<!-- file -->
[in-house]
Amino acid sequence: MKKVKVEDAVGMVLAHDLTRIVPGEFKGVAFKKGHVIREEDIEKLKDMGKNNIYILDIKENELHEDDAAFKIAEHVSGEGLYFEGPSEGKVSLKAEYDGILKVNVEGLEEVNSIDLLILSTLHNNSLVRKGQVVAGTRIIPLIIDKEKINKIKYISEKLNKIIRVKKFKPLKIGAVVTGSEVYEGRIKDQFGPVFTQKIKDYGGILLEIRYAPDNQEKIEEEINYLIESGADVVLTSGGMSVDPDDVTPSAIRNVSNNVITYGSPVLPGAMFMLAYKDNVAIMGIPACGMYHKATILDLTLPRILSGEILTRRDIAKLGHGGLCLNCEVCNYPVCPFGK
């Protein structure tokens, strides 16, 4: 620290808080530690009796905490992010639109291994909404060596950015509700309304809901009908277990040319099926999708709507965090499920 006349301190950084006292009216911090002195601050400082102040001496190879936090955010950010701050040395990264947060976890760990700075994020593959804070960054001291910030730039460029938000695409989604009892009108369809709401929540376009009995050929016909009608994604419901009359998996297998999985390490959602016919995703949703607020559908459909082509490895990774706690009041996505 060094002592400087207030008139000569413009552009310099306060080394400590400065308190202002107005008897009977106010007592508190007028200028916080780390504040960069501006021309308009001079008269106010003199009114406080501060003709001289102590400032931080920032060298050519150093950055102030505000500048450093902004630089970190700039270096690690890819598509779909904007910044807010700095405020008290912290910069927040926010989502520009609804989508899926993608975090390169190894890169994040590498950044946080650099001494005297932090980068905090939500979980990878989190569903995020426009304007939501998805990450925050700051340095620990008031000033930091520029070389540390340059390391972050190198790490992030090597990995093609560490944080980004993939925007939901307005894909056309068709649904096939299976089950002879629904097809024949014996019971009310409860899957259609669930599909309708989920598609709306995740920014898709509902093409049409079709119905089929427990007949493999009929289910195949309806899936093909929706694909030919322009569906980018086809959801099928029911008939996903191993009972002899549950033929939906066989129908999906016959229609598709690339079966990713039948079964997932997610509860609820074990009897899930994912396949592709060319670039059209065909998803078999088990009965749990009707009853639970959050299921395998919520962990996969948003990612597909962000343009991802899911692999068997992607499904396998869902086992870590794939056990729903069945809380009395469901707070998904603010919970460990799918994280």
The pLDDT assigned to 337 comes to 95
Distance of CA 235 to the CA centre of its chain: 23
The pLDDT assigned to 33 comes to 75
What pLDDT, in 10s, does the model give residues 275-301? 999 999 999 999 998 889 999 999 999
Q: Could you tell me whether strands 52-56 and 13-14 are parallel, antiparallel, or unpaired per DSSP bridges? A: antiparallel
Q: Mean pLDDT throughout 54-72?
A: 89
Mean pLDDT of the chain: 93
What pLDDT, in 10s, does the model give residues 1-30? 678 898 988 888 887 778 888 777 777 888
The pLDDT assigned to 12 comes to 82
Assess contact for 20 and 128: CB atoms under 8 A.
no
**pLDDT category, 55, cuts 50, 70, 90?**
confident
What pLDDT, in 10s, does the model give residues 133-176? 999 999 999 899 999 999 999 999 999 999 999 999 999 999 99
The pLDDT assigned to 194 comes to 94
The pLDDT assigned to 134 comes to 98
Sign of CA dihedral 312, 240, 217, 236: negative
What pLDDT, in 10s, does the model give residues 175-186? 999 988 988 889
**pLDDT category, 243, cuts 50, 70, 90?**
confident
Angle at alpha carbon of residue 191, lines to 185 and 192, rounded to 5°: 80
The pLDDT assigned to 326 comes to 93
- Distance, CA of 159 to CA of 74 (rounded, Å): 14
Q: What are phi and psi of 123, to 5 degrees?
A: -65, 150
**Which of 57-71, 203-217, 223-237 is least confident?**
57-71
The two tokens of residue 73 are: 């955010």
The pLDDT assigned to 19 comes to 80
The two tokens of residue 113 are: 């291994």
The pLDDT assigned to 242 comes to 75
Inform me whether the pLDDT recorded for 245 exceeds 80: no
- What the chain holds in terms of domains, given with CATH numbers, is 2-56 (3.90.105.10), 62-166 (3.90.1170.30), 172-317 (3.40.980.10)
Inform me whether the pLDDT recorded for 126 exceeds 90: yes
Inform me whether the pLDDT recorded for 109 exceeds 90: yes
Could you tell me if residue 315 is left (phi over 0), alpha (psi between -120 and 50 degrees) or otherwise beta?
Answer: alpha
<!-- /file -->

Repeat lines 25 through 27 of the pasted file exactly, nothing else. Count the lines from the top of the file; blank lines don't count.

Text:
Angle at alpha carbon of residue 191, lines to 185 and 192, rounded to 5°: 80
The pLDDT assigned to 326 comes to 93
- Distance, CA of 159 to CA of 74 (rounded, Å): 14